Thomas: I noticed they also added the ability to follow certain authors. I don’t buy ebooks so I was going to unsubscribe, but when I did, they had an automated response that asked if I’d like to follow certain authors from my preferred genres. Bookbub is basically curating another email list based on my author preferences. Just today I got an email about a new release from an author I follow. I clicked the link in the email, read the reviews, and then bought the audiobook. I don’t think any of their competitors have that feature yet.

David: From a business perspective, it was a very smart move. About a year ago they started to build out some social aspects of their website. Authors can review and recommend books and people can follow authors. They’re adding more social features all the time.

A year ago, they reported they had 8,000,000 people on their list and now they have around 10,000,000. I would guess the growth is starting to slow a bit. I would guess it’s getting more expensive for them to add new people since they probably have to add lots of subscribers every day. There is some natural wastage on a mailing list from people unsubscribing or using their work email address and then quitting that job.

From BookBub’s perspective they’re probably trying to build a site where people will come and spend time, and so they’re adding those social aspects.

Those of us who advertise benefit from the social elements they’ve added. I have a few thousand followers on BookBub, and whenever I recommend a book, my followers get an email from BookBub saying that I recommended a book.

How do authors use BookBub to sell more books?

Thomas: How do you use BookBub as an author?

David: The most powerful way authors can use BookBub is to apply for and be selected for a Featured Deal. The only problem is that BookBub only accepts about 20% of the submissions it receives. They only feature a few books from each genre per day, and they get dozens of applications daily. Considering they accept books from J.K. Rowling and George R.R. Martin, who have a better chance of getting accepted, my chances of getting accepted is probably a little less than 20%.

Another factor BookBub considers is whether you’re exclusive to Amazon through Kindle Unlimited. They will feature books in KU, but you definitely decrease your chances of being accepted. They have so many readers on their list who shop at Barnes & Nobel, Kobo, and Apple that you have a better chance of being accepted if your book is available on those other retailers as well.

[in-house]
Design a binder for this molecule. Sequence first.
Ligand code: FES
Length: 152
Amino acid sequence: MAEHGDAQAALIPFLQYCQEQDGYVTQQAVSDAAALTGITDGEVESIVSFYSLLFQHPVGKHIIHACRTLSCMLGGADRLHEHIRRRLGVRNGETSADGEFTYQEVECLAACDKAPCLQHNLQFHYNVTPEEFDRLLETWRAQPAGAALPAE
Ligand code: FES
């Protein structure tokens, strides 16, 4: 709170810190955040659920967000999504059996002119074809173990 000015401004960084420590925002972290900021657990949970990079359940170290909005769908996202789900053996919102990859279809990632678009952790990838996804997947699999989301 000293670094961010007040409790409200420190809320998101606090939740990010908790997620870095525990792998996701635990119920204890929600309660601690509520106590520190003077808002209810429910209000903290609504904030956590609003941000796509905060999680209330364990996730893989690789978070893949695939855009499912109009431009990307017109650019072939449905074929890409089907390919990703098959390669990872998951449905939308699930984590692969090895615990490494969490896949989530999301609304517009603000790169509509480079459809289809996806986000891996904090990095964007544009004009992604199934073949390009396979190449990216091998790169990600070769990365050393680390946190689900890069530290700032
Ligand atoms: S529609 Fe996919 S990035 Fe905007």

Because the list is so valuable and the acceptance rate is so low, the ads platform becomes a huge benefit to authors. Authors can advertise whenever they want and reach that same audience through the BookBub ads platform.

Thomas: I think you’re right that traditional publishers have a bit of an advantage. When I was at Enclave, we submitted all our books every month for BookBub Featured Deals. We probably had 30%-40% of them accepted per month. Even as a traditional publisher, many of our books didn’t get accepted. Some books even got accepted more often than others.

What helps a book get accepted?

David: It’s definitely not a random selection. They have a whole team of people who heavily curate the deals they offer. Some discount promo sites will accept nearly any book, but BookBub sets the bar much higher.

They don’t state the number of reviews your book needs, but having more reviews helps.

Factors they consider include

  • Number of reviews
  • Quality of the cover
  • Size of the discount

If you’re applying for a BookBub Featured Deal, one tip is to use the comments box. The application process is simple, but they do provide an optional comments box that many authors don’t take advantage of. In that box you can include your lifetime sales numbers, any awards you’ve won, or mention if the ad is part of a giant marketing campaign. Include anything that will make selecting your book more attractive. Make it easy for BookBub to say yes.